8. Rolling over
Scared or nervous dogs often curl up as small as possible to conserve heat and protect their internal organs. It is a residual behavior from their wild ancestors.
If your pup is currently sprawled out next to you, belly exposed, making goofy eye contact with you, you can rest assured that that dog loves you dearly.
If your dog rolls over and lets you give them all the belly rubs, they truly trust you.
Some dogs cannot let you go to the bathroom alone. It can be both annoying and sort of endearing. Their big eyes staring up at you as they practically trip you up while you go about the house. There are many reasons they are following you — they may want something, it might be close to feeding time, or they might be bored.
Dogs understand that you are beneficial to them as they get companionship and care from you. In return, they want to be with you ALL the time. Don't let it become an inconvenience and if something feels wrong, consult a professional.
In a similar vein to following, your dog — especially herding breeds like Border Collies — may try and herd you. It is a behavior that can be trained out of the dog if it is too much to handle, but your dogs show affection towards their pack and their pack leader in this way in the while. So when they are doing it to you, they consider you their leader.
They want to keep their pack/family together, so if you are walking somewhere with a large group, your pup may try and keep people together if they stray away from the main “herd.” It is a slightly strange way dogs show affection but still cute.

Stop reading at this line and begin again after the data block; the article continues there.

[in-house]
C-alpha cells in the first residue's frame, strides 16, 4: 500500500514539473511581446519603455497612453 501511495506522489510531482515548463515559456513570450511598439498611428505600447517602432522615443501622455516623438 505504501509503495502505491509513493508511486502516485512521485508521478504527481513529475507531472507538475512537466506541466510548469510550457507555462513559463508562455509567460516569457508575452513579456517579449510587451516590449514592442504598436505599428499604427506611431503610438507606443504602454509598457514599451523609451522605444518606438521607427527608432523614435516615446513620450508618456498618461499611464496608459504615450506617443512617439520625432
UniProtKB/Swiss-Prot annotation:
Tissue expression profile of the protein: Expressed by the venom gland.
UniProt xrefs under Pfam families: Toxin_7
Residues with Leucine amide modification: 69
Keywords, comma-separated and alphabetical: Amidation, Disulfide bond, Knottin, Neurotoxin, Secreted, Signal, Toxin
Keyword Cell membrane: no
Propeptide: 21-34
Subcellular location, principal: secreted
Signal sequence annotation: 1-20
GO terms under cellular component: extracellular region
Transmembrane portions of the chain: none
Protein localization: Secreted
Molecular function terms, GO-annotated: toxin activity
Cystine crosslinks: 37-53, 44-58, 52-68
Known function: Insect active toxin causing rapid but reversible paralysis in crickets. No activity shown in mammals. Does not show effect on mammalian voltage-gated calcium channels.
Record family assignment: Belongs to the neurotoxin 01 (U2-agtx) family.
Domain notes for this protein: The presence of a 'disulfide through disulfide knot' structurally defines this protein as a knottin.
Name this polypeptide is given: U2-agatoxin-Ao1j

Everyone knows the sign of a happy dog is when their tail starts wagging uncontrollably. A dog's tail can communicate many things, but there is nothing quite like coming home after a long day of work and your pup making eye contact with you, and their tail starts wiggling. They have missed you and are so happy to see you again.
Dogs want to protect the things they love. Your dog loves you. Thus, it isn't unreasonable that they may exhibit some guarding behavior. Even if there isn't really any threat, your dog wants to look out for you.
A more enthusiastic way of showing love but affectionate nonetheless. Your dog wants to look you in the eyes and jump up to give you a little lick on the cheek. It can be an undesirable habit to some, but with a bit of training and an understanding, it is just them showing they care. You will see it as a true sign of affection.
14. Rubbing their Face on You
Like nose nudging, your dog might rub their face on yours to show you that they love you. They share this behavior with other dogs to communicate, and they may use it on you. They might just want attention from the person they love the most.
That big goofy face your dog is pulling that looks like a smile is just your pup's way of communicating to you that they are totally relaxed in your presence. There is nothing cuter than your pup looking up at you with their big doe eyes, panting with what looks like a goofy grin. It is just another bit of body language that dogs show affection by.
Whether they are an ESA, service dog, or beloved family pet, every pooch will do all they can to show you that they care about you.
If you are considering certifying your go to become your ESA, you may need to train out or calm down some less desirable ways dogs show affection. If you have any questions, get in contact with an expert such as ESA Registration to find out the requirements.
ESA Registration of American Blog
- Massachusetts Laws on Emotional Support Animals
- How to Get an ESA Letter in Delaware: A Complete Guide
- How to Get an ESA Letter in Vermont: A Complete Guide
- How to Get an ESA Letter in Massachusetts: A Complete Guide
- Do I Have To Tell My Landlord About My Emotional Support Animal?
- What Are Emotional Support Animals Allowed To Do?
- Emotional Support Animal Laws in Oregon: A Basic Guide
- How to Get an ESA Letter in Iowa: A Complete Guide
- How To Get an ESA Letter in North Dakota: A Complete Guide
- How To Choose a Therapy Dog: A Basic Guide